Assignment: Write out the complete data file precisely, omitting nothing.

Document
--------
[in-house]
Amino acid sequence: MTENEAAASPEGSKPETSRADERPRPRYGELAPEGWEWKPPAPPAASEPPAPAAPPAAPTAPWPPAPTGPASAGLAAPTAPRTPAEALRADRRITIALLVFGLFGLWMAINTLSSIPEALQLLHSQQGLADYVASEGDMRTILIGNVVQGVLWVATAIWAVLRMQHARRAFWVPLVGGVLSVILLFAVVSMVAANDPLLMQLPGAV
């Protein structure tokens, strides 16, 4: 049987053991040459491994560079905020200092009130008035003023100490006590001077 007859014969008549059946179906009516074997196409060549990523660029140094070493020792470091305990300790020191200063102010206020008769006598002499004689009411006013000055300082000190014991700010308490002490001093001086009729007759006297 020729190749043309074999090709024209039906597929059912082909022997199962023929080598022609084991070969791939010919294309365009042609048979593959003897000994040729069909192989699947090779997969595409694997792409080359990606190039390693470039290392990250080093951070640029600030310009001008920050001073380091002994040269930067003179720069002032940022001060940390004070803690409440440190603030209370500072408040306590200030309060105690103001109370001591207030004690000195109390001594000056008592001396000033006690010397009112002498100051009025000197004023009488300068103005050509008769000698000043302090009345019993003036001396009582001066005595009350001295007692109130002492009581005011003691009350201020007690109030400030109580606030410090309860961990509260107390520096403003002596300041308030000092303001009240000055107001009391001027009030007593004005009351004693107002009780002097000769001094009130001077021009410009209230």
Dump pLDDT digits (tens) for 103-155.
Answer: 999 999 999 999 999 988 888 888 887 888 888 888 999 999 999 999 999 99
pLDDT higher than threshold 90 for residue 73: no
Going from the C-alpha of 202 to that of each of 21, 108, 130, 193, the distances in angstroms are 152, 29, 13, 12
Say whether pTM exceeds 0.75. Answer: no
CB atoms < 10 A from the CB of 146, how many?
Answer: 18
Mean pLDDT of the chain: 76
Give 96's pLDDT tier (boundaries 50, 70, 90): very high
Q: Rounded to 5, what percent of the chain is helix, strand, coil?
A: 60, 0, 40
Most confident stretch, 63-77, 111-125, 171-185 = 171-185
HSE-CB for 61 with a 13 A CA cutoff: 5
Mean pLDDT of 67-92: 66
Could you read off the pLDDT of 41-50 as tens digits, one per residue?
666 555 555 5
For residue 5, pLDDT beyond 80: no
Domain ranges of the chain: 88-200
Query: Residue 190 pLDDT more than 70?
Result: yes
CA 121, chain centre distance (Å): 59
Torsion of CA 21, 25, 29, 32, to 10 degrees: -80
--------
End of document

[in-house]
Amino acid sequence: MTENEAAASPEGSKPETSRADERPRPRYGELAPEGWEWKPPAPPAASEPPAPAAPPAAPTAPWPPAPTGPASAGLAAPTAPRTPAEALRADRRITIALLVFGLFGLWMAINTLSSIPEALQLLHSQQGLADYVASEGDMRTILIGNVVQGVLWVATAIWAVLRMQHARRAFWVPLVGGVLSVILLFAVVSMVAANDPLLMQLPGAV
């Protein structure tokens, strides 16, 4: 049987053991040459491994560079905020200092009130008035003023100490006590001077 007859014969008549059946179906009516074997196409060549990523660029140094070493020792470091305990300790020191200063102010206020008769006598002499004689009411006013000055300082000190014991700010308490002490001093001086009729007759006297 020729190749043309074999090709024209039906597929059912082909022997199962023929080598022609084991070969791939010919294309365009042609048979593959003897000994040729069909192989699947090779997969595409694997792409080359990606190039390693470039290392990250080093951070640029600030310009001008920050001073380091002994040269930067003179720069002032940022001060940390004070803690409440440190603030209370500072408040306590200030309060105690103001109370001591207030004690000195109390001594000056008592001396000033006690010397009112002498100051009025000197004023009488300068103005050509008769000698000043302090009345019993003036001396009582001066005595009350001295007692109130002492009581005011003691009350201020007690109030400030109580606030410090309860961990509260107390520096403003002596300041308030000092303001009240000055107001009391001027009030007593004005009351004693107002009780002097000769001094009130001077021009410009209230």
Dump pLDDT digits (tens) for 103-155.
Answer: 999 999 999 999 999 988 888 888 887 888 888 888 999 999 999 999 999 99
pLDDT higher than threshold 90 for residue 73: no
Going from the C-alpha of 202 to that of each of 21, 108, 130, 193, the distances in angstroms are 152, 29, 13, 12
Say whether pTM exceeds 0.75. Answer: no
CB atoms < 10 A from the CB of 146, how many?
Answer: 18
Mean pLDDT of the chain: 76
Give 96's pLDDT tier (boundaries 50, 70, 90): very high
Q: Rounded to 5, what percent of the chain is helix, strand, coil?
A: 60, 0, 40
Most confident stretch, 63-77, 111-125, 171-185 = 171-185
HSE-CB for 61 with a 13 A CA cutoff: 5
Mean pLDDT of 67-92: 66
Could you read off the pLDDT of 41-50 as tens digits, one per residue?
666 555 555 5
For residue 5, pLDDT beyond 80: no
Domain ranges of the chain: 88-200
Query: Residue 190 pLDDT more than 70?
Result: yes
CA 121, chain centre distance (Å): 59
Torsion of CA 21, 25, 29, 32, to 10 degrees: -80